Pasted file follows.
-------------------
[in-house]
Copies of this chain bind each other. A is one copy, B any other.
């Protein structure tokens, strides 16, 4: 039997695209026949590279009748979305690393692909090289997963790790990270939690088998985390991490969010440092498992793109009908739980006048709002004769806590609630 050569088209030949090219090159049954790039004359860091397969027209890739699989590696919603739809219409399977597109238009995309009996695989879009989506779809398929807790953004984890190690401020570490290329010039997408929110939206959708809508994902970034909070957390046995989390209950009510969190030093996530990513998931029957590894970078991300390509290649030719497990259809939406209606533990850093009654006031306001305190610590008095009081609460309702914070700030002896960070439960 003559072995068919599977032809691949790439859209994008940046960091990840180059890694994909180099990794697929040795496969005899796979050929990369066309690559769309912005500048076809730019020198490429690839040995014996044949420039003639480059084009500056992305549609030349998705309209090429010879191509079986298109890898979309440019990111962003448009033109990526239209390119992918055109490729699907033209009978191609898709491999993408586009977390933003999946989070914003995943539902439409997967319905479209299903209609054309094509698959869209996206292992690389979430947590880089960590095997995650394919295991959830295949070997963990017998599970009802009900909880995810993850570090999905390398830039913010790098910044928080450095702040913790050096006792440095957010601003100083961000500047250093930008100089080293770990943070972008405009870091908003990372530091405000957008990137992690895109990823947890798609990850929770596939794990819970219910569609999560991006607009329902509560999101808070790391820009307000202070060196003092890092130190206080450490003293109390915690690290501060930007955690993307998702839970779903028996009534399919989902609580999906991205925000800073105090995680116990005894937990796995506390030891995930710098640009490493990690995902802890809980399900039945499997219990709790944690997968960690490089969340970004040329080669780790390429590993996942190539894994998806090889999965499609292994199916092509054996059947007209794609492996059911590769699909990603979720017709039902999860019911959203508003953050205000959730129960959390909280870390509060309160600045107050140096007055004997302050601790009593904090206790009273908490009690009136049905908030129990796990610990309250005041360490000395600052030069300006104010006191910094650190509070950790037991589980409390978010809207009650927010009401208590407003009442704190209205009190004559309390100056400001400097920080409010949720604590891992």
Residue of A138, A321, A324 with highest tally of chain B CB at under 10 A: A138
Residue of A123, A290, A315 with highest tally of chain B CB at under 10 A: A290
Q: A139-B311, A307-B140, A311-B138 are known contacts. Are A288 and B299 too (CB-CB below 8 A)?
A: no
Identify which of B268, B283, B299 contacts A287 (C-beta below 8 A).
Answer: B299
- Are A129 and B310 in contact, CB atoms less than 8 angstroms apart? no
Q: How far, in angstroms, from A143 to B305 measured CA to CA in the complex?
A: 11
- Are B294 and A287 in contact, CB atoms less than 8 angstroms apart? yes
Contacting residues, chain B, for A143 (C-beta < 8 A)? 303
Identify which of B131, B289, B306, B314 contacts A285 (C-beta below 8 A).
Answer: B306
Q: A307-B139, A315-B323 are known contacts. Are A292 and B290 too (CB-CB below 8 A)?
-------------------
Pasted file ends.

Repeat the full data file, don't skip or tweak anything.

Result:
[in-house]
Copies of this chain bind each other. A is one copy, B any other.
């Protein structure tokens, strides 16, 4: 039997695209026949590279009748979305690393692909090289997963790790990270939690088998985390991490969010440092498992793109009908739980006048709002004769806590609630 050569088209030949090219090159049954790039004359860091397969027209890739699989590696919603739809219409399977597109238009995309009996695989879009989506779809398929807790953004984890190690401020570490290329010039997408929110939206959708809508994902970034909070957390046995989390209950009510969190030093996530990513998931029957590894970078991300390509290649030719497990259809939406209606533990850093009654006031306001305190610590008095009081609460309702914070700030002896960070439960 003559072995068919599977032809691949790439859209994008940046960091990840180059890694994909180099990794697929040795496969005899796979050929990369066309690559769309912005500048076809730019020198490429690839040995014996044949420039003639480059084009500056992305549609030349998705309209090429010879191509079986298109890898979309440019990111962003448009033109990526239209390119992918055109490729699907033209009978191609898709491999993408586009977390933003999946989070914003995943539902439409997967319905479209299903209609054309094509698959869209996206292992690389979430947590880089960590095997995650394919295991959830295949070997963990017998599970009802009900909880995810993850570090999905390398830039913010790098910044928080450095702040913790050096006792440095957010601003100083961000500047250093930008100089080293770990943070972008405009870091908003990372530091405000957008990137992690895109990823947890798609990850929770596939794990819970219910569609999560991006607009329902509560999101808070790391820009307000202070060196003092890092130190206080450490003293109390915690690290501060930007955690993307998702839970779903028996009534399919989902609580999906991205925000800073105090995680116990005894937990796995506390030891995930710098640009490493990690995902802890809980399900039945499997219990709790944690997968960690490089969340970004040329080669780790390429590993996942190539894994998806090889999965499609292994199916092509054996059947007209794609492996059911590769699909990603979720017709039902999860019911959203508003953050205000959730129960959390909280870390509060309160600045107050140096007055004997302050601790009593904090206790009273908490009690009136049905908030129990796990610990309250005041360490000395600052030069300006104010006191910094650190509070950790037991589980409390978010809207009650927010009401208590407003009442704190209205009190004559309390100056400001400097920080409010949720604590891992």
Residue of A138, A321, A324 with highest tally of chain B CB at under 10 A: A138
Residue of A123, A290, A315 with highest tally of chain B CB at under 10 A: A290
Q: A139-B311, A307-B140, A311-B138 are known contacts. Are A288 and B299 too (CB-CB below 8 A)?
A: no
Identify which of B268, B283, B299 contacts A287 (C-beta below 8 A).
Answer: B299
- Are A129 and B310 in contact, CB atoms less than 8 angstroms apart? no
Q: How far, in angstroms, from A143 to B305 measured CA to CA in the complex?
A: 11
- Are B294 and A287 in contact, CB atoms less than 8 angstroms apart? yes
Contacting residues, chain B, for A143 (C-beta < 8 A)? 303
Identify which of B131, B289, B306, B314 contacts A285 (C-beta below 8 A).
Answer: B306
Q: A307-B139, A315-B323 are known contacts. Are A292 and B290 too (CB-CB below 8 A)?